How to Make a Line Chart in Google Sheets (Step-by-Step)

Nothing conveys and represents data as clearly as a line graph.

From statistics to evolving data, line graphs are a sure way to record and monitor informational changes accurately.

With the use of line graphs, trends clearly appear, allowing individuals and companies alike to adjust their operational procedures to reach their overall goals and objectives.

Let us explore line graphs in more detail, and discover how to create one in Google Sheets.

Overview of Line Graphs

Line graphs have straight, solid lines connecting solid, data points called “markers”, and display the line segments chronologically.

Line graphs have an “x-axis” (or horizontal axis) and a “y-axis” (or a vertical axis), which differentiate between the categories and the measurement values, respectively.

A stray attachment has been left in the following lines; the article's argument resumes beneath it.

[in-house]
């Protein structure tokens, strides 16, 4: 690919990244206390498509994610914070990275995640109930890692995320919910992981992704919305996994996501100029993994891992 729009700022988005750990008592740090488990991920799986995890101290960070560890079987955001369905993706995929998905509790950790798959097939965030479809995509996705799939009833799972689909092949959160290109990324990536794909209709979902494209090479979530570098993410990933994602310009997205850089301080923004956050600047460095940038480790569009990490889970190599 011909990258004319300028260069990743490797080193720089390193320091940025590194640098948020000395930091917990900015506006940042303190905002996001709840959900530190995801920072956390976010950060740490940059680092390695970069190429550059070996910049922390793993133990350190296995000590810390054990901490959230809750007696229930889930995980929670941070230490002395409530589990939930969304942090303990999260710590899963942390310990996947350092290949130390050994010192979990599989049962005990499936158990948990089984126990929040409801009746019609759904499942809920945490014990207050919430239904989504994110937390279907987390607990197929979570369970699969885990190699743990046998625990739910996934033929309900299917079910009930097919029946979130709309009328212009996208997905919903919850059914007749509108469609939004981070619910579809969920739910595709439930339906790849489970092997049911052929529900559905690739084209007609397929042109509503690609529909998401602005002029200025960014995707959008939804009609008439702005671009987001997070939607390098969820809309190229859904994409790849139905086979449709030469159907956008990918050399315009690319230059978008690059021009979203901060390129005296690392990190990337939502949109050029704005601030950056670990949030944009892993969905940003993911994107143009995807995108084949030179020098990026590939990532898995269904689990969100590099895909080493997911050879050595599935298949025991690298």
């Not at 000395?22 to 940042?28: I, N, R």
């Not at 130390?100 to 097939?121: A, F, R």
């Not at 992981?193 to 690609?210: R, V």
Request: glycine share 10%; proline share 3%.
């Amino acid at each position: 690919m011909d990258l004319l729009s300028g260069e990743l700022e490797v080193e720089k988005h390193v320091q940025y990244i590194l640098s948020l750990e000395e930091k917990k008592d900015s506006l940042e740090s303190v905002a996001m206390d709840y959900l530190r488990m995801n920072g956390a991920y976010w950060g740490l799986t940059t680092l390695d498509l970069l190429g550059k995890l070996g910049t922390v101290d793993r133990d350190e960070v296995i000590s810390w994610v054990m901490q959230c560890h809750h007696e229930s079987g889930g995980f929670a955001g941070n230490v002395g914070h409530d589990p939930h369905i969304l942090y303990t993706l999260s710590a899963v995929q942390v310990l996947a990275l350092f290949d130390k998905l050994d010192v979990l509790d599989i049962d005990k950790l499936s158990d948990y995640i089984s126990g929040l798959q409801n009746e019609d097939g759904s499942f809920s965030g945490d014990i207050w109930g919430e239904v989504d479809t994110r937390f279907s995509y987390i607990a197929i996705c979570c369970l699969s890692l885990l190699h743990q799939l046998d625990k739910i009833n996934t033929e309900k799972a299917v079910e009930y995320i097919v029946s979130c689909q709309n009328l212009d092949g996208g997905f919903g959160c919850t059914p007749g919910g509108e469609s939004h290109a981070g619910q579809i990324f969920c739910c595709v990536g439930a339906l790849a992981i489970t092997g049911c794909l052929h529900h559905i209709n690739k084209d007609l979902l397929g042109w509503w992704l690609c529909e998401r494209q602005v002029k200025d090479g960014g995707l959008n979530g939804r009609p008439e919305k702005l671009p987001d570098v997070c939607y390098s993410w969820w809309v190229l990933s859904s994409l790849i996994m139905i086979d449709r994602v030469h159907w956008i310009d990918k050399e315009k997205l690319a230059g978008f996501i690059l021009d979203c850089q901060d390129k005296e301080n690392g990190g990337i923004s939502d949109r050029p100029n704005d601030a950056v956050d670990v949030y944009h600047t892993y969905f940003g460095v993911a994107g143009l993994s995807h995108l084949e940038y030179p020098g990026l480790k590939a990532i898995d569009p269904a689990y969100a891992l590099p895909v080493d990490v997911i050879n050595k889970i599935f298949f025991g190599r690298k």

For example, if a company wants to compare their revenue between 2018 and 2019, a line graph would be the best way to display the information and observe the trends.

But before an effective and efficient line graph is created, it’s important to know what the essential parts of a line graph are. By understanding the different parts of a line graph, information can be displayed in the way it is meant to be conveyed.

So, let’s examine the different parts of a Google Sheets line graph, and then discover the steps to create one!

Important Parts of a Line Graph

The important parts of a line graph include:

• Y-Axis (vertical axis)
• X-Axis (horizontal axis)
• Chart Title
• Markers
• Grid
• Y-Axis Label
• X-Axis Label
• Legend

Purpose of Line Graphs

But what exactly is a line graph? A line graph is a graph that displays the relationship between two or more changing quantities over time. However, a line graph can also display just one changing quantity if there is nothing to compare it to.

The best time to use a line graph is when you need to demonstrate trends, changes, increases, decreases, etc. A line graph is more intuitive to show changing and evolving trends than other types of graphs.

Line graphs are best used for: